14. Lázaro A, Aguinagalde I (1998b) Genetic diversity in Brassica oleracea L. (Cruciferae) and wild relatives (2n = 18) using isozymes. Ann Bot 82:821–828CrossRefGoogle Scholar
  15. Lysak MA, Koch MA, Pecinka A, Schubert I (2005) Chromosome triplication found across the tribe Brassiceae. Gen Res 15:516–525CrossRefGoogle Scholar
  16. McCauley DE (1995) The use of chloroplast DNA polymorphism in studies of gene flow in plants. Trends Ecol Evol 10:198–202CrossRefGoogle Scholar
  17. Mitchell ND (1976) The status of Brassica oleracea L. subsp. oleracea (wild cabbage) in the British Isles. Watsonia 11:97–103Google Scholar
  18. Molina-Cano JL, Russell JR, Moralejo MA, Escacena JL, Arias G, Powell W (2005) Chloroplast DNA microsatellite analysis supports a polyphyletic origin for barley. Theor Appl Genet 110:613–619PubMedCrossRefGoogle Scholar
  19. Nei M (1973) Analysis of gene diversity in subdivided populations. Proc Natl Acad Sci USA 70:3321–3323PubMedCrossRefGoogle Scholar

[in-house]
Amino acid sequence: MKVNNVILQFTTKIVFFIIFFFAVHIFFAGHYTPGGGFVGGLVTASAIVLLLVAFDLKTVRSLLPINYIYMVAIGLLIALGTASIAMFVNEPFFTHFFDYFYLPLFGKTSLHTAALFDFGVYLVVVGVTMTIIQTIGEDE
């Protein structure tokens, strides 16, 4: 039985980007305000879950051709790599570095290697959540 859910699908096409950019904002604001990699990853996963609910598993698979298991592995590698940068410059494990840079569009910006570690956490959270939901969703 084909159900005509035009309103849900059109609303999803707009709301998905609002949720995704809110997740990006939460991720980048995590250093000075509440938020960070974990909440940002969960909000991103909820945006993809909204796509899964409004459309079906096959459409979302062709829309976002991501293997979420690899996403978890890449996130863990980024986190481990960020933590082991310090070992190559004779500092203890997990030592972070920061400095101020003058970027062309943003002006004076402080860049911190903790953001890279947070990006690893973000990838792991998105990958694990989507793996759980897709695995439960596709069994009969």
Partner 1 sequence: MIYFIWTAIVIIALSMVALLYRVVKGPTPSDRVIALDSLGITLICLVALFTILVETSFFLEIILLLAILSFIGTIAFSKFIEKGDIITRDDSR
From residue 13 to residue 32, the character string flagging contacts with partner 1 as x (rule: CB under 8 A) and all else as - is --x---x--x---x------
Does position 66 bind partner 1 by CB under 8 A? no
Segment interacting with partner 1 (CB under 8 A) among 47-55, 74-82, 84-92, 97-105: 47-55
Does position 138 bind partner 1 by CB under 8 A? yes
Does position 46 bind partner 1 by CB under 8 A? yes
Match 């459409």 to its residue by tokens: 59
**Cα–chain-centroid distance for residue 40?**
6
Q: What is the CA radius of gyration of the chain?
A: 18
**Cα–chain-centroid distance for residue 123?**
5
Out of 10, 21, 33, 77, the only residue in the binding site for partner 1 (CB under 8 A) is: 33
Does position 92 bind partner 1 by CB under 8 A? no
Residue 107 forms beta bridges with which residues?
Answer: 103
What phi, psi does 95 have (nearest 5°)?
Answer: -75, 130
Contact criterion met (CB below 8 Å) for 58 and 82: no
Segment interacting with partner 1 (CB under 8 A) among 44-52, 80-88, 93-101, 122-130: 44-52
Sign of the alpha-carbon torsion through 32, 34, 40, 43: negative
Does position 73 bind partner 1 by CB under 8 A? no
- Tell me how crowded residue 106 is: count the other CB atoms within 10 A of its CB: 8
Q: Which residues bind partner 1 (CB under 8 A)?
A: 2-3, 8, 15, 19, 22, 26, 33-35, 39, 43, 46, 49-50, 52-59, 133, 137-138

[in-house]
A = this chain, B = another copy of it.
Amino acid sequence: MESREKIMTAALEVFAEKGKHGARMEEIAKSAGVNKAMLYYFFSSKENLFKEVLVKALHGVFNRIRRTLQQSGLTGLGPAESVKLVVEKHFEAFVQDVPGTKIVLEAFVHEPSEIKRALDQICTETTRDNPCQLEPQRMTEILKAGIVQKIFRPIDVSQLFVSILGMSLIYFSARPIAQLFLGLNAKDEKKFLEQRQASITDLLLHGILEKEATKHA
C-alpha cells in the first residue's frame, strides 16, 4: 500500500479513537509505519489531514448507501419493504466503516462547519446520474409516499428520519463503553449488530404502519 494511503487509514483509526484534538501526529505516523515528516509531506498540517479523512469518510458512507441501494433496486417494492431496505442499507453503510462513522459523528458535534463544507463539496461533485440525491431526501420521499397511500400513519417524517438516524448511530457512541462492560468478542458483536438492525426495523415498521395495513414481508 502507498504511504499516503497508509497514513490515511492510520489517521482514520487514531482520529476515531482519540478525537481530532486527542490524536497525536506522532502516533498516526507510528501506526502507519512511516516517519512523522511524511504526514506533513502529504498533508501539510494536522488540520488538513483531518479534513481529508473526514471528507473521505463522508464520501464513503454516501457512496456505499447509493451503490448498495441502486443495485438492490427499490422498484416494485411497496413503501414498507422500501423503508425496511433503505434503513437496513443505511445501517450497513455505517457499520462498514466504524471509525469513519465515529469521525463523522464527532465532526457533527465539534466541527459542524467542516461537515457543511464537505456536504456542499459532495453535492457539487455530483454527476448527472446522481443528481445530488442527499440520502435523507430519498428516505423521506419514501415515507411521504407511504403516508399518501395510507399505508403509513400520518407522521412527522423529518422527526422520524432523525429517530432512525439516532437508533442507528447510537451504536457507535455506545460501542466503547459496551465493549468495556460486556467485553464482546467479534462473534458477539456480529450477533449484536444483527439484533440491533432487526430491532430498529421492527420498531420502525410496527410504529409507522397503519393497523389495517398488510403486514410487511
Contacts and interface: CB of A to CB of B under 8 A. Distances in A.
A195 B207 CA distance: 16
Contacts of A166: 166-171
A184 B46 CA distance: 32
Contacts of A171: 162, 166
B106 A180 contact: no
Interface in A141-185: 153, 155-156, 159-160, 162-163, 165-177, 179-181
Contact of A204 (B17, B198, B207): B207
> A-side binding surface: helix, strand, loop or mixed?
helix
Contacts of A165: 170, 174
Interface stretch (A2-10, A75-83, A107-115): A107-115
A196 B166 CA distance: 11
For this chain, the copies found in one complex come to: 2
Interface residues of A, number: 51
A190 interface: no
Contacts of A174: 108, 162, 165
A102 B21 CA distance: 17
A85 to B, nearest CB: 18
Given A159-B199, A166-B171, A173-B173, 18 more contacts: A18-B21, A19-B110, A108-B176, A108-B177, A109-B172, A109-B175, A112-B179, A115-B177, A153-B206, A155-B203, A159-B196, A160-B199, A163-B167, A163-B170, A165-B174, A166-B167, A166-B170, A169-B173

20. Palmer JD, Shields CR, Cohen DB, Orton TJ (1983) Chloroplast DNA evolution and the origin of amphidiploid Brassica species. Theor Appl Genet 65:181–189CrossRefGoogle Scholar
  21. Panda S, Martín JP, Aguinagalde I (2003) Chloroplast and nuclear DNA studies in a few members of the Brassica oleracea L. group using PCR-RFLP and ISSR-PCR markers; a population genetic analysis. Theor Appl Genet 106:1122–1128PubMedGoogle Scholar
  22. Parkin IAP, Sharpe AG, Keith DJ, Lydiate DJ (1995) Identification of the A and C genomes of amphidiploid Brassica napus oilseed rape. Genome 38:1122–1131Google Scholar
  23. Provan J, Russell JR, Booth A, Powell W (1999a) Polymorphic simple sequence repeat primers for systematic and population studies in the genus Hordeum. Mol Ecol 8:505–511CrossRefGoogle Scholar
  24. Provan J, Soranzo N, Wilson NJ, Goldstein DB, Powell W (1999b) A low mutation rate for chloroplast microsatellites. Genetics 153:943–947Google Scholar
  25. Provan J, Powell W, Hollingsworth PM (2001) Chloroplast microsatellites: new tools for studies in plant ecology and evolution. Trends Ecol Evol 16:142–147PubMedCrossRefGoogle Scholar
  26. Sharpe AG, Parkin IAP, Keith DJ, Lydiate DJ (1995) Frequent nonreciprocal translocations in the amphidiploid genome of oilseed rape (Brassica napus). Genome 38:1112–1121Google Scholar